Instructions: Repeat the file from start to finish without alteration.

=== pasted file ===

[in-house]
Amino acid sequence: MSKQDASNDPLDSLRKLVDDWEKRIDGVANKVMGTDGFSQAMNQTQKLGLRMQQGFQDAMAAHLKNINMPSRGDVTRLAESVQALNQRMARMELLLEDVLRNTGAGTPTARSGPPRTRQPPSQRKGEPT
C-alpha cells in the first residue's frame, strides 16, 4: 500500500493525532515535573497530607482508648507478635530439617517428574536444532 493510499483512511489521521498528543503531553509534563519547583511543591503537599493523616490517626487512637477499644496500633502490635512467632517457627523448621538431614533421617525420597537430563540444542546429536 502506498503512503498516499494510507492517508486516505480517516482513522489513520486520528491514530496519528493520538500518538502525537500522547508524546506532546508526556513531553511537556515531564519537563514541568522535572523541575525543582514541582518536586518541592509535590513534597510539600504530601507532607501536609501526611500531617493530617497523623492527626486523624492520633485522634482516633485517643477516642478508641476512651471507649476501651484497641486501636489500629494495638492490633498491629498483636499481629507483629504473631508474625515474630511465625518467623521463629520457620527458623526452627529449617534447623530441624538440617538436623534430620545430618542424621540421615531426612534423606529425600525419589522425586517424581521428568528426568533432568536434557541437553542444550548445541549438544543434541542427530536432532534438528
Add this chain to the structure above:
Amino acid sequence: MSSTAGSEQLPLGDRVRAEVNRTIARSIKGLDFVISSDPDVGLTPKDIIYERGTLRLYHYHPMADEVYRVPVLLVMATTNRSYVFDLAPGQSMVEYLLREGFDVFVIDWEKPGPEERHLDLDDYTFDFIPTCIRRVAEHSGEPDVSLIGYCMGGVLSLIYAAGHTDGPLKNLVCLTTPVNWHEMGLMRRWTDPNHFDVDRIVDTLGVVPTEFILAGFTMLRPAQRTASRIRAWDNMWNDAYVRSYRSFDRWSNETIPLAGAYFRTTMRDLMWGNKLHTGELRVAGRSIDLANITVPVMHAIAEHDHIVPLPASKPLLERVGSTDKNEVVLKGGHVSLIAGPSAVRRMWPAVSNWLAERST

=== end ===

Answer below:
[in-house]
Amino acid sequence: MSKQDASNDPLDSLRKLVDDWEKRIDGVANKVMGTDGFSQAMNQTQKLGLRMQQGFQDAMAAHLKNINMPSRGDVTRLAESVQALNQRMARMELLLEDVLRNTGAGTPTARSGPPRTRQPPSQRKGEPT
C-alpha cells in the first residue's frame, strides 16, 4: 500500500493525532515535573497530607482508648507478635530439617517428574536444532 493510499483512511489521521498528543503531553509534563519547583511543591503537599493523616490517626487512637477499644496500633502490635512467632517457627523448621538431614533421617525420597537430563540444542546429536 502506498503512503498516499494510507492517508486516505480517516482513522489513520486520528491514530496519528493520538500518538502525537500522547508524546506532546508526556513531553511537556515531564519537563514541568522535572523541575525543582514541582518536586518541592509535590513534597510539600504530601507532607501536609501526611500531617493530617497523623492527626486523624492520633485522634482516633485517643477516642478508641476512651471507649476501651484497641486501636489500629494495638492490633498491629498483636499481629507483629504473631508474625515474630511465625518467623521463629520457620527458623526452627529449617534447623530441624538440617538436623534430620545430618542424621540421615531426612534423606529425600525419589522425586517424581521428568528426568533432568536434557541437553542444550548445541549438544543434541542427530536432532534438528
Add this chain to the structure above:
Amino acid sequence: MSSTAGSEQLPLGDRVRAEVNRTIARSIKGLDFVISSDPDVGLTPKDIIYERGTLRLYHYHPMADEVYRVPVLLVMATTNRSYVFDLAPGQSMVEYLLREGFDVFVIDWEKPGPEERHLDLDDYTFDFIPTCIRRVAEHSGEPDVSLIGYCMGGVLSLIYAAGHTDGPLKNLVCLTTPVNWHEMGLMRRWTDPNHFDVDRIVDTLGVVPTEFILAGFTMLRPAQRTASRIRAWDNMWNDAYVRSYRSFDRWSNETIPLAGAYFRTTMRDLMWGNKLHTGELRVAGRSIDLANITVPVMHAIAEHDHIVPLPASKPLLERVGSTDKNEVVLKGGHVSLIAGPSAVRRMWPAVSNWLAERST